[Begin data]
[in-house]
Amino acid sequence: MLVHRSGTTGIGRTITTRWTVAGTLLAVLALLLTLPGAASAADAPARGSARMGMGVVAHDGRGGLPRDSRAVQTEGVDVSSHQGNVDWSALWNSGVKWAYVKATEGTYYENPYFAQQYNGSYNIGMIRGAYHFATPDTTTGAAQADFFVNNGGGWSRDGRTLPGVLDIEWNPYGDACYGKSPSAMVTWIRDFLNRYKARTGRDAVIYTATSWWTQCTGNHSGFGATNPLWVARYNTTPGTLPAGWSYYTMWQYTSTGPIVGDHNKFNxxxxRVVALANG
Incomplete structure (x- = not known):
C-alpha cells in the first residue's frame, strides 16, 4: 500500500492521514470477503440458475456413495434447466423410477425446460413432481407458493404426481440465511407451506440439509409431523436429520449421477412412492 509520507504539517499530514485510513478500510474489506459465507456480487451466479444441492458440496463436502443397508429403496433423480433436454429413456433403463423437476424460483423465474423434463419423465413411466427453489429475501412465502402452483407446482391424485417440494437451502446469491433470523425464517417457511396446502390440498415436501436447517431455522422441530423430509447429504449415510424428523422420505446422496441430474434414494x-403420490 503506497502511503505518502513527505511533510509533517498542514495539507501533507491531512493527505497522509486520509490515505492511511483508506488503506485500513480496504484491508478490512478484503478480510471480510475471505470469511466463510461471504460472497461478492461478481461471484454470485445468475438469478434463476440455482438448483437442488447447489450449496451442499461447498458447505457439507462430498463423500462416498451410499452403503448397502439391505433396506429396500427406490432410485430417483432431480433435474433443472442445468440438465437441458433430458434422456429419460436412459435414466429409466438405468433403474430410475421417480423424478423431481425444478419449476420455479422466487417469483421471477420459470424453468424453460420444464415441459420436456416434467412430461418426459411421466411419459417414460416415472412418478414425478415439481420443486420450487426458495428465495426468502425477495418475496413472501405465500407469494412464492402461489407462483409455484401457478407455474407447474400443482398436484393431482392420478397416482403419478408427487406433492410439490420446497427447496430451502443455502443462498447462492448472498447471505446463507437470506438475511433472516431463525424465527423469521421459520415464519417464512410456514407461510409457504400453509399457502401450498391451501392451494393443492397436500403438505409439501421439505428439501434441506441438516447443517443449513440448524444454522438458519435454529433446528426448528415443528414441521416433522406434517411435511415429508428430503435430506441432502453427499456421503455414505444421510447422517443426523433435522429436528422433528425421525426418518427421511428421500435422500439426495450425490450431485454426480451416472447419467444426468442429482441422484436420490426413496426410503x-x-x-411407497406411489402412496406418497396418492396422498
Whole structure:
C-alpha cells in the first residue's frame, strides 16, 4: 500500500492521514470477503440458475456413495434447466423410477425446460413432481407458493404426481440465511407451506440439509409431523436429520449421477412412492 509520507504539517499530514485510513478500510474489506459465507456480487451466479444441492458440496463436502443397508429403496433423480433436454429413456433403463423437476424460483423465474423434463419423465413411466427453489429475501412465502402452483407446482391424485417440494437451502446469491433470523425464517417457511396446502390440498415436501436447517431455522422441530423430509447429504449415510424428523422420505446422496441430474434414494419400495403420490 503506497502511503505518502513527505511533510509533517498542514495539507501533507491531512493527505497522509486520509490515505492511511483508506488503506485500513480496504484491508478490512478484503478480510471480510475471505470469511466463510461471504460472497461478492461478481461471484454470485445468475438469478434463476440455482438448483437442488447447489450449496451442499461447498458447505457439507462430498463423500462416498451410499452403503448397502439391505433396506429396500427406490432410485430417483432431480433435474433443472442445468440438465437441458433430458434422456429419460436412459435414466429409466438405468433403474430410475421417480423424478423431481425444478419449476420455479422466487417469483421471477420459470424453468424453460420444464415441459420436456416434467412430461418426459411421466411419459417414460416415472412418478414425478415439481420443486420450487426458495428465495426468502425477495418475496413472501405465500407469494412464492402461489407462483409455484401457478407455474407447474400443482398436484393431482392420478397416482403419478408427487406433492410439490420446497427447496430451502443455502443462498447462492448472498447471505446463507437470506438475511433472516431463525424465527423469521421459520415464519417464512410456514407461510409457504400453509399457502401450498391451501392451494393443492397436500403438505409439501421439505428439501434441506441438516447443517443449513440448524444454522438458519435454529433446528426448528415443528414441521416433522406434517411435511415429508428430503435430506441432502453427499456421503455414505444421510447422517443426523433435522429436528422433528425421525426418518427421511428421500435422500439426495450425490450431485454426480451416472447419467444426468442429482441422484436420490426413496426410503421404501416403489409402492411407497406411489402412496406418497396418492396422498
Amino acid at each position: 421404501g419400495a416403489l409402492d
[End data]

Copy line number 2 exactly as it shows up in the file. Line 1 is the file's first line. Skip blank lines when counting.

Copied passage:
Amino acid sequence: MLVHRSGTTGIGRTITTRWTVAGTLLAVLALLLTLPGAASAADAPARGSARMGMGVVAHDGRGGLPRDSRAVQTEGVDVSSHQGNVDWSALWNSGVKWAYVKATEGTYYENPYFAQQYNGSYNIGMIRGAYHFATPDTTTGAAQADFFVNNGGGWSRDGRTLPGVLDIEWNPYGDACYGKSPSAMVTWIRDFLNRYKARTGRDAVIYTATSWWTQCTGNHSGFGATNPLWVARYNTTPGTLPAGWSYYTMWQYTSTGPIVGDHNKFNxxxxRVVALANG